Mike DeCicco

Weekend notes: Easter, DeCicco, Swarbrick and more

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The Notre Dame football team took a break from spring drills for Easter, practicing on Wednesday before players took the long weekend to head home to their families or catch up on some rest in South Bend.

For Brian Kelly and his staff, the quarter-turn of their fifteen workouts gave an early assessment of the team, and helped give a glimpse into the fall, identifying some early contributors for the 2013 edition of the Irish.

One player Kelly genuinely doesn’t seem worried about is running back Amir Carlisle, who went down for four weeks with a broken collarbone, effectively ending his spring early. With Davonte Neal leaving the program and the slot receiver position wide open, Carlisle could be a key cog in the offense… if he can stay healthy.

While another injury has Irish fans wondering if Carlisle is sturdy enough to carry a significant load, Kelly spoke highly of the USC transfer, who sat out last season after nerve damage slowed down Carlisle’s recovery from a broken ankle.

“Amir has had a great spring,” Kelly said. “We’ve seen what we need to see out of him. He’ll be a very important player for us in the spring.”

On the defensive side of the ball, Kelly also took time to rave about linebacker Jarrett Grace, finally ready to step into the starting lineup with the departure of Manti Te’o. While both fifth year linebackers Dan Fox and Carlo Calabrese are back, it looks as if Grace will be the every down player while Fox and Calabrese continue their platoon.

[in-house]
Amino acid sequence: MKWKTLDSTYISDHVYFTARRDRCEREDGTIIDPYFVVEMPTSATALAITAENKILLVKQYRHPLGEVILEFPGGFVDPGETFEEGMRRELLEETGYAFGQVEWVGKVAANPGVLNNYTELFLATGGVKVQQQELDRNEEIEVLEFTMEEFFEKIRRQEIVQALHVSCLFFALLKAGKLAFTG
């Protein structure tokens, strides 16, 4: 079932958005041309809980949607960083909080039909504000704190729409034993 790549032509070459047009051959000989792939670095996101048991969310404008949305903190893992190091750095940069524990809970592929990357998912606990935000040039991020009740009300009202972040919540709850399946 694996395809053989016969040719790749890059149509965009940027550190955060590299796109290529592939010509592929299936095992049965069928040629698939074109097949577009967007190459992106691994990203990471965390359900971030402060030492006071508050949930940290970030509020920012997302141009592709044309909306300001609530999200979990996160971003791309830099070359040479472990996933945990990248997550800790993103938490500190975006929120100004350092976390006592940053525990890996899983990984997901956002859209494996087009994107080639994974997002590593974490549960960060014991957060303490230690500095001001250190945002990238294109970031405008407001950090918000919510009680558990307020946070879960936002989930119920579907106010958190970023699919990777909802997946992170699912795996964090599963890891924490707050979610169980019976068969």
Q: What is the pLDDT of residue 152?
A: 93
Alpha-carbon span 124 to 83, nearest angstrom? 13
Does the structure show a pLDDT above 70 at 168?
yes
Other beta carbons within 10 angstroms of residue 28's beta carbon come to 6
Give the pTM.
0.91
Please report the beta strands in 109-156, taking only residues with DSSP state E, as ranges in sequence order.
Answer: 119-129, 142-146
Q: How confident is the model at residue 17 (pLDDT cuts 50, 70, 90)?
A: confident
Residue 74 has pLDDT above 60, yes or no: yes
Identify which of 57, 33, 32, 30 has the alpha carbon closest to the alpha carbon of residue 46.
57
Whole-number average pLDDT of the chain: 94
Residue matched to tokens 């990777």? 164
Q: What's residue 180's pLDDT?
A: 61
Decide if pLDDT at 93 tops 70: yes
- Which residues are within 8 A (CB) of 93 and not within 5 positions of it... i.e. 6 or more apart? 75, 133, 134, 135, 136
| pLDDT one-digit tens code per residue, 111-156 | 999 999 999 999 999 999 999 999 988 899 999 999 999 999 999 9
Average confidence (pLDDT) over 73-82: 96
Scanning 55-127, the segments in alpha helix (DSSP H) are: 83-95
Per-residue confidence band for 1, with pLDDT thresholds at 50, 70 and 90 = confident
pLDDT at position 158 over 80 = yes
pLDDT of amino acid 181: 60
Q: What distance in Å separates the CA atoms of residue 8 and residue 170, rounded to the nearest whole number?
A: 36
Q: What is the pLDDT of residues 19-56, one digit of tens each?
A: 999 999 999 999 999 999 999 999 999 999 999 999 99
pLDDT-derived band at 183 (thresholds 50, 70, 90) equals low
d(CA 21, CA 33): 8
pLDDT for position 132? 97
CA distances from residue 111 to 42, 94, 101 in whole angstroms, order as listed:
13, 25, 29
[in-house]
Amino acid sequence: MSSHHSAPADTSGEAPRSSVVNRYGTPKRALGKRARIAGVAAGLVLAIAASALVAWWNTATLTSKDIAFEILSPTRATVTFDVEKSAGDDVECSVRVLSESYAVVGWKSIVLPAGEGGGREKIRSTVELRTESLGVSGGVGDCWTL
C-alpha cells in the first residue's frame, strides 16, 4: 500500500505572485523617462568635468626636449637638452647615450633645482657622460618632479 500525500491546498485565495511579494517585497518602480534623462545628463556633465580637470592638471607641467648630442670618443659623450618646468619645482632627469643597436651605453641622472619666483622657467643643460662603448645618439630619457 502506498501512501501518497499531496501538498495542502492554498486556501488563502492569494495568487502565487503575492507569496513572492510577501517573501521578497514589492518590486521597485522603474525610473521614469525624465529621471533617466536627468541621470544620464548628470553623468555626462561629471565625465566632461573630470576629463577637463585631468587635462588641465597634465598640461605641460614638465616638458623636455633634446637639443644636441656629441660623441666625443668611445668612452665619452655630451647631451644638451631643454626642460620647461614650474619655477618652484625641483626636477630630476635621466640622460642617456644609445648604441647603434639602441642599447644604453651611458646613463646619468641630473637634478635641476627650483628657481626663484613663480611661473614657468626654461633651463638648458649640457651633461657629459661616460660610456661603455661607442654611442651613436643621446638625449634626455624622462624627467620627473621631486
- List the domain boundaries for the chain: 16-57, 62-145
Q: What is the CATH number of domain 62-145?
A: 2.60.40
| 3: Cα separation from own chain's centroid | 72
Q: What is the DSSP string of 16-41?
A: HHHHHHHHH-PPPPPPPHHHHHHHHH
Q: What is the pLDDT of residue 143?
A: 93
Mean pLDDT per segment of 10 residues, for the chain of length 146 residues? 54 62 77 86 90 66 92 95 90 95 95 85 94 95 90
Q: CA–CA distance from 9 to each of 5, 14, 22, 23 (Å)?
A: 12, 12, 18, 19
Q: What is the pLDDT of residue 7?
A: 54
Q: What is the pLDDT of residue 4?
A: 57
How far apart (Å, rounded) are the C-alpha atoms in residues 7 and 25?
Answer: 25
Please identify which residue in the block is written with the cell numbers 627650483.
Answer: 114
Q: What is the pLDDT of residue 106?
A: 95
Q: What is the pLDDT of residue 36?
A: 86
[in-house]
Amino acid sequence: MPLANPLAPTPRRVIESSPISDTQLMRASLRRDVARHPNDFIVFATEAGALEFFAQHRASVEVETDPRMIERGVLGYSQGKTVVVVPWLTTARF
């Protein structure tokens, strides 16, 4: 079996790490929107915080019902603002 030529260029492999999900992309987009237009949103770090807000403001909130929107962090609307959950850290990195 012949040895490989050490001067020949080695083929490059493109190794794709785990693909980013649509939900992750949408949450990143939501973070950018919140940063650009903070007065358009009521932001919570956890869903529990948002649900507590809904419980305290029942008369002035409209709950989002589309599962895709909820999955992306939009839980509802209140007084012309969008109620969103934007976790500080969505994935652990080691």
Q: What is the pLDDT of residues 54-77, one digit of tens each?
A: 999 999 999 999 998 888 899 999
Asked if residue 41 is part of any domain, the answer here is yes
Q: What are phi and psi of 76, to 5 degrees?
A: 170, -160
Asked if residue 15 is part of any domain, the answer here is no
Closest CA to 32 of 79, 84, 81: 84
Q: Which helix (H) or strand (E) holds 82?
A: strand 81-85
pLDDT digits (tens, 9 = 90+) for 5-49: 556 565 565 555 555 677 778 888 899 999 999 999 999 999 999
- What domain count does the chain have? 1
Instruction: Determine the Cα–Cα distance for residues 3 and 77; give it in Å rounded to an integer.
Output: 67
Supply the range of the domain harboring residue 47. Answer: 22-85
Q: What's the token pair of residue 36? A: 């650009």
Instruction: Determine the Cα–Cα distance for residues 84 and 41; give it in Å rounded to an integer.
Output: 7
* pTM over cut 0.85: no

“Jarrett Grace has obviously done an incredibly job,” Kelly said, while raving about the middle linebacker position. “He’s a really, really good football player. He’s going to be all over the field. Will he have seven interceptions? I’m not going in that direction. In terms of run fits, sideline to sideline, communication, he’s shown himself to be a really good player for us.”

If you’re wondering about the departure of Neal and Ferguson, it appears those concerns have been neutralized by the play of early enrollee freshmen James Onwualu and Corey Robinson. Kelly raved about the young receivers while singling both of them out for their work in practice thus far.

Onwualu likely worked his way into the slot receiver conversation and will probably see the field early.